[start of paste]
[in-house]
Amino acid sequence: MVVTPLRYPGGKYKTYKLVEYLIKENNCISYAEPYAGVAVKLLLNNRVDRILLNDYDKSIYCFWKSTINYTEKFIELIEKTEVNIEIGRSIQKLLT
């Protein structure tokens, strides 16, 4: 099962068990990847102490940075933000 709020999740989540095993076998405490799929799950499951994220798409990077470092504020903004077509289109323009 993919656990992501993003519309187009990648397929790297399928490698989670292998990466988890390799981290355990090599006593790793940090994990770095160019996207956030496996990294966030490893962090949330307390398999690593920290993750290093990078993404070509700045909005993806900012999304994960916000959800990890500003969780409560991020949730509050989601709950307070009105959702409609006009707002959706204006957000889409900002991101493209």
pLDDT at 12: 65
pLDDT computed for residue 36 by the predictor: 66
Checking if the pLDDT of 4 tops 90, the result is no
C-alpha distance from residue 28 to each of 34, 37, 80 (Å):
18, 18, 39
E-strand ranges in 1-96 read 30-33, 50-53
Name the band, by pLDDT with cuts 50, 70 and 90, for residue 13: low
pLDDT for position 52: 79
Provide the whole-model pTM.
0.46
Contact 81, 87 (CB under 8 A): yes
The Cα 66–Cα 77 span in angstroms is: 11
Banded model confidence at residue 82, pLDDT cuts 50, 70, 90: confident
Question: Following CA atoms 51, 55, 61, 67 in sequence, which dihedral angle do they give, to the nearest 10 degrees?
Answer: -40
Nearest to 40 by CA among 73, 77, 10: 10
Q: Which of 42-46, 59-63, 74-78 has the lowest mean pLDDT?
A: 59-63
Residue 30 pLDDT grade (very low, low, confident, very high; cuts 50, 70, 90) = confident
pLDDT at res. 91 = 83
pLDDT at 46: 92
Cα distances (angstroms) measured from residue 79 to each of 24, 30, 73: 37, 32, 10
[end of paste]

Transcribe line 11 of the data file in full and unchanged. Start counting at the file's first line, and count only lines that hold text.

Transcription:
pLDDT for position 52: 79